Ruby has a fantastic set of methods on its built-in
String class, and it's really useful to know how to use them. This will go over some which you might not have heard of!
Note: All these methods are from Ruby 2.6.5, and they're all from the standard library; no Active Support required!
Strings in Ruby support both the unary plus (
+) and minus (
+ operator will return a "thaw" a frozen string, returning a mutable copy of it. If the string was already mutable, it has no effect.
a = "Hello".freeze a.downcase! # Throws: FrozenError (can't modify frozen String) # Now, let's thaw the string first... a = +a a.downcase! a # => "hello"
- operator does the opposite, returning a frozen copy of the string. Note that, if a frozen instance of that particular string already exists in Ruby's object pool, it'll return that instance instead.
a = "Hello" a.downcase! # This is fine - our string isn't frozen yet a = -a a.upcase! # Throws: FrozenError (can't modify frozen String)
You can even combine these two operators for a terse (but horrible) string duplication operator. (Please use
#dup over this, though!)
a = "Hello" b = +-a a.gsub!('e', 'a') a # => "Hallo" b # => "Hello"
The many uses of
The square-braces indexing syntax on strings has a gigantic range of use cases in Ruby. Here are the more typical ones you've probably seen before, which involve passing in numbers or ranges.
a = "Hello" a # Get the character at index 0 => "H" a[2, 3] # Get 3 characters, starting from index 2 => "llo" a[1..3] # Get the characters between index 1 and 3 => "ell"
Did you know that you can also pass in a regex to get the part of the string which matches it? If there are multiple matches, this will always return the first match.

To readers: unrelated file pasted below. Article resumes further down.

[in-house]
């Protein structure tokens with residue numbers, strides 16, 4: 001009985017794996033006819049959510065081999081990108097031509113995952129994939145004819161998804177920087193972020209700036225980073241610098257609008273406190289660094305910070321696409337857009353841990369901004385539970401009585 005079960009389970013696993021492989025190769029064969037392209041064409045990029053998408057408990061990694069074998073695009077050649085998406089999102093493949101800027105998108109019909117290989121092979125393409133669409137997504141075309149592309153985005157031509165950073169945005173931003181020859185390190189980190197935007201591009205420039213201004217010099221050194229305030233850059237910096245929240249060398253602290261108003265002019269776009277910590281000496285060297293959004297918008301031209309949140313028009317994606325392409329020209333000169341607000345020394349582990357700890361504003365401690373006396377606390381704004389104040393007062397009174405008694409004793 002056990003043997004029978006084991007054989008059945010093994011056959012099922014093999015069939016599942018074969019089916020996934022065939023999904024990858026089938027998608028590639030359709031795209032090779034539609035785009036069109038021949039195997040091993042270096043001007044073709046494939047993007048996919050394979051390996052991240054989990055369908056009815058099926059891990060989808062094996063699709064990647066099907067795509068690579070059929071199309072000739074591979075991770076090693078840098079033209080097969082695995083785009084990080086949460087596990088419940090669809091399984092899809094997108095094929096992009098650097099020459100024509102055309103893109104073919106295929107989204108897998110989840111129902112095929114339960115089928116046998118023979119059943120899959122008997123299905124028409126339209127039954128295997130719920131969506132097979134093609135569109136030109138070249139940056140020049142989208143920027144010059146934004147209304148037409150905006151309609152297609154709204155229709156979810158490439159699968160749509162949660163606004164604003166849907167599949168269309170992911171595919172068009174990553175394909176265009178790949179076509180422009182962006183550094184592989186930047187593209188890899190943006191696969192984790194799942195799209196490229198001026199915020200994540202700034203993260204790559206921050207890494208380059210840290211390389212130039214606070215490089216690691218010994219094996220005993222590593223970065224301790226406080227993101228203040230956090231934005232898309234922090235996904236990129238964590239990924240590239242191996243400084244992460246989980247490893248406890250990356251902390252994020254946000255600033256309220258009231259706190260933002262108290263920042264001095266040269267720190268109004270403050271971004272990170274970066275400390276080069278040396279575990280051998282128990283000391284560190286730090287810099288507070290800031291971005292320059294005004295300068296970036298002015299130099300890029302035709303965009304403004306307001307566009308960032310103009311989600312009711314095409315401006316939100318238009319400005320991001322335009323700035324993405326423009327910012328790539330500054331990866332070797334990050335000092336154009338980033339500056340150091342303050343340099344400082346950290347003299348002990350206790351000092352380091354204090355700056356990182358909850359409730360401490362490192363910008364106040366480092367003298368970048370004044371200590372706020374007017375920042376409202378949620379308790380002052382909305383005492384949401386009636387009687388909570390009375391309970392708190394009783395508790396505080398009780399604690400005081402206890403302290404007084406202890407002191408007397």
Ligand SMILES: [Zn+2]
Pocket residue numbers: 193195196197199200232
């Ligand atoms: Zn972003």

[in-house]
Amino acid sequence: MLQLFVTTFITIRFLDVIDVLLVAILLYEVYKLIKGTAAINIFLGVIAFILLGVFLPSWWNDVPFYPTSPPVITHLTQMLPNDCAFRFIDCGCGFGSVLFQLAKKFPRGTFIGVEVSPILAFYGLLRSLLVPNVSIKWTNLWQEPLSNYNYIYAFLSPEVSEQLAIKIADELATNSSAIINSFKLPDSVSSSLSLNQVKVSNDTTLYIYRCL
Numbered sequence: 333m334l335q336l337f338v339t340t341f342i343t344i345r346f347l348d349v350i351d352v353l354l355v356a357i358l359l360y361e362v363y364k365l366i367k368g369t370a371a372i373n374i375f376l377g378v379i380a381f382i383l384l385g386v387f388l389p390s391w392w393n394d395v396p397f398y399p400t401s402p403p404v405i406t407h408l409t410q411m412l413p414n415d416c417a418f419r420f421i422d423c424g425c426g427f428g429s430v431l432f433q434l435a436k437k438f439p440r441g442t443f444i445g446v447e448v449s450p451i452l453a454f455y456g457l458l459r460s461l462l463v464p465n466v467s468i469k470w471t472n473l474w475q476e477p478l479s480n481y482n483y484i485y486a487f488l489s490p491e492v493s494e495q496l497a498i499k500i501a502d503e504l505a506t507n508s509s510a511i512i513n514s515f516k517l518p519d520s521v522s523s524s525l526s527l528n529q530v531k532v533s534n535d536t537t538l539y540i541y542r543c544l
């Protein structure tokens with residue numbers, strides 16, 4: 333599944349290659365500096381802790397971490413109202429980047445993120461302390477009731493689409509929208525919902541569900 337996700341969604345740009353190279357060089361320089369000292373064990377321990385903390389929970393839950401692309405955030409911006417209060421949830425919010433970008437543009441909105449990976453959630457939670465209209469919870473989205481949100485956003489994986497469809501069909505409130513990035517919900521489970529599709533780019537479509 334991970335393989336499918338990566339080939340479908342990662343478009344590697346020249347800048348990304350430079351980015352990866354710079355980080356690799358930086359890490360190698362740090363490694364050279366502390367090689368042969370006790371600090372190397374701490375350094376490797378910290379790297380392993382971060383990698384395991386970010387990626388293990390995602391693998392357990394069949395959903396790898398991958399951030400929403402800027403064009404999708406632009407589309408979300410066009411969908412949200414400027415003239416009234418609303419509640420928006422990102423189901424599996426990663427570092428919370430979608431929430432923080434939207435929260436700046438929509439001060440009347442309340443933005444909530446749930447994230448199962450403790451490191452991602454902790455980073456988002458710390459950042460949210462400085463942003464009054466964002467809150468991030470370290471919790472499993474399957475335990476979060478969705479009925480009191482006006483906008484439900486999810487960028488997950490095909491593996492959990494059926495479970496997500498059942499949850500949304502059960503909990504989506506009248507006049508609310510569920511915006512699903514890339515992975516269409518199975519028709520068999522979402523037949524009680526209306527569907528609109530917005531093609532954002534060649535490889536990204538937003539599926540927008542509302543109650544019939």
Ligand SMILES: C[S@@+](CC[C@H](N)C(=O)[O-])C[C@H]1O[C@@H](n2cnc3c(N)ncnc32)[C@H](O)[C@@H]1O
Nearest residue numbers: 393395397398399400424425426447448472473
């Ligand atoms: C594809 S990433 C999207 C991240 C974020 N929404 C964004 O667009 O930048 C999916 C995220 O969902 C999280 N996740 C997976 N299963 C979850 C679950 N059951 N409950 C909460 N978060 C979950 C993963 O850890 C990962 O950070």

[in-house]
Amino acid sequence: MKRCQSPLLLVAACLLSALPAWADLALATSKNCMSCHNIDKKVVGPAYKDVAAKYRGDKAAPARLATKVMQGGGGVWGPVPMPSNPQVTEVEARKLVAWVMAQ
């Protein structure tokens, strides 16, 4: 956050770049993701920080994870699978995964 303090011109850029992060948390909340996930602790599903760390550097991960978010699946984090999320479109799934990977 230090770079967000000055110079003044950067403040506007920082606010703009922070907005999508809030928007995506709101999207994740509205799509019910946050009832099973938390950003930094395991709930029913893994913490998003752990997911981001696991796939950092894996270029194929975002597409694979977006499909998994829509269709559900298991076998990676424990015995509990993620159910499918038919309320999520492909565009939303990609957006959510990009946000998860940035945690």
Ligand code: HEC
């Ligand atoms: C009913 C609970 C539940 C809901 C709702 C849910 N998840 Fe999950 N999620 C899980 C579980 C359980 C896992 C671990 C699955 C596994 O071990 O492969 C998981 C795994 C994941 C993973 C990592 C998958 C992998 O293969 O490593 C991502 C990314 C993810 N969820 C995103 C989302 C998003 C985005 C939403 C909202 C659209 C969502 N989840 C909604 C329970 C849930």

"foo bar baz"[/b../] # => "bar"
You can even use capture groups in your regex, and pass an index to specify which capture group to return:
"foo bar baz"[/b(..)/, 1] # => "ar"
Finally, you can pass a string as an index and it will act like
include?, except returning the original search string if it was found and
nil if it was not found.
s = "foo bar baz" # String#include? returns a boolean s.include?("bar") # => true s.include?("hello") # => false # String# with a string argument returns a string or nil s["bar"] # => "bar" s["hello"] # => nil
Even better, all of these work with indexed assignment too, so you can replace specific parts of your string effortlessly!
s = "foo bar baz" s[/b../] = "hello" s # => "foo hello baz"
tr method on strings translates one set of characters into another.
When called on a string and given two arguments, it maps characters from the first argument found in the string to the corresponding characters in the second argument.
This method is best explained with an example. Suppose we want to replace all occurrences of
!, and vice versa. We could use the following
"Foo. Bar!".tr("!.", ".!") # => "Foo! Bar."
It can also be used to map ranges of characters onto one character, or onto another range. A caret (
^) can be used as a "not" operator, too.
"abcdef".tr("a-d", "x") # => "xxxxef" "abcdef".tr("a-d", "w-z") # => "wxyzef" "abcdef".tr("^a-d", "x") # => "abcdxx"
String#tr method is a powerful method which can make fiddly string replacements much easier if used effectively! Like many string methods, it also comes with a mutating form,
squeeze method removes adjacent duplicate characters in a string. By default, it will remove any characters, but it also takes an argument to select the range of characters to remove. This argument is in the same format is
#tr's arguments -
- for ranges and
^ for inversion.
This is most useful as a flexible whitespace-removal tool, which is much easier to read than a regex.
"aaabbaacccc".squeeze # => "abac" "aaabbaacccc".squeeze("a-b") # => "abacccc" # One of the best uses... "Look at all this whitespace!".squeeze(" ") # => "Look at all this whitespace!"
I hope this has taught you something new! If you have any tips for dealing with Ruby strings effectively, leave them in a comment below.
Top comments (1)
Good article! These methods are not very popular, I guess. Most of the time these are only found in the code of some open source libraries.